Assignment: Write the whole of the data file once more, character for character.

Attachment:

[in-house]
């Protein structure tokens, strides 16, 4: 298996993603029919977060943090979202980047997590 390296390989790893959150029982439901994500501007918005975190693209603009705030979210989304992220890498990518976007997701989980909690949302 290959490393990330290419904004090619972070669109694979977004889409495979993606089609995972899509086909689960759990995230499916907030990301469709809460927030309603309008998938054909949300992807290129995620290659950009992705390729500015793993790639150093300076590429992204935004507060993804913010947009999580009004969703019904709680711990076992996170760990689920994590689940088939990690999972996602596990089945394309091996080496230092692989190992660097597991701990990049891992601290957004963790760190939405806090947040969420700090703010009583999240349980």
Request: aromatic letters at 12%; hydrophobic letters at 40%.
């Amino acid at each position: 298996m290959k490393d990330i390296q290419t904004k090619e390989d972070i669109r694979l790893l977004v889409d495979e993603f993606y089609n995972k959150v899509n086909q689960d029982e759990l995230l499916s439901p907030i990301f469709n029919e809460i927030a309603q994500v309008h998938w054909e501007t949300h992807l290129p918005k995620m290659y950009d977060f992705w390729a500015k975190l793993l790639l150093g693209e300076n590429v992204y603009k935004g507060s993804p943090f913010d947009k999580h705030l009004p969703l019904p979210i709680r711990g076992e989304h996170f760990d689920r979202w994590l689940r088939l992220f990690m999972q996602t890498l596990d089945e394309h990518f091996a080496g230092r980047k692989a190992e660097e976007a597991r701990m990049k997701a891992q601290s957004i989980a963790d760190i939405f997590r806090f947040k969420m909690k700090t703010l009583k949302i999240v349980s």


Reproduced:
[in-house]
């Protein structure tokens, strides 16, 4: 298996993603029919977060943090979202980047997590 390296390989790893959150029982439901994500501007918005975190693209603009705030979210989304992220890498990518976007997701989980909690949302 290959490393990330290419904004090619972070669109694979977004889409495979993606089609995972899509086909689960759990995230499916907030990301469709809460927030309603309008998938054909949300992807290129995620290659950009992705390729500015793993790639150093300076590429992204935004507060993804913010947009999580009004969703019904709680711990076992996170760990689920994590689940088939990690999972996602596990089945394309091996080496230092692989190992660097597991701990990049891992601290957004963790760190939405806090947040969420700090703010009583999240349980």
Request: aromatic letters at 12%; hydrophobic letters at 40%.
């Amino acid at each position: 298996m290959k490393d990330i390296q290419t904004k090619e390989d972070i669109r694979l790893l977004v889409d495979e993603f993606y089609n995972k959150v899509n086909q689960d029982e759990l995230l499916s439901p907030i990301f469709n029919e809460i927030a309603q994500v309008h998938w054909e501007t949300h992807l290129p918005k995620m290659y950009d977060f992705w390729a500015k975190l793993l790639l150093g693209e300076n590429v992204y603009k935004g507060s993804p943090f913010d947009k999580h705030l009004p969703l019904p979210i709680r711990g076992e989304h996170f760990d689920r979202w994590l689940r088939l992220f990690m999972q996602t890498l596990d089945e394309h990518f091996a080496g230092r980047k692989a190992e660097e976007a597991r701990m990049k997701a891992q601290s957004i989980a963790d760190i939405f997590r806090f947040k969420m909690k700090t703010l009583k949302i999240v349980s």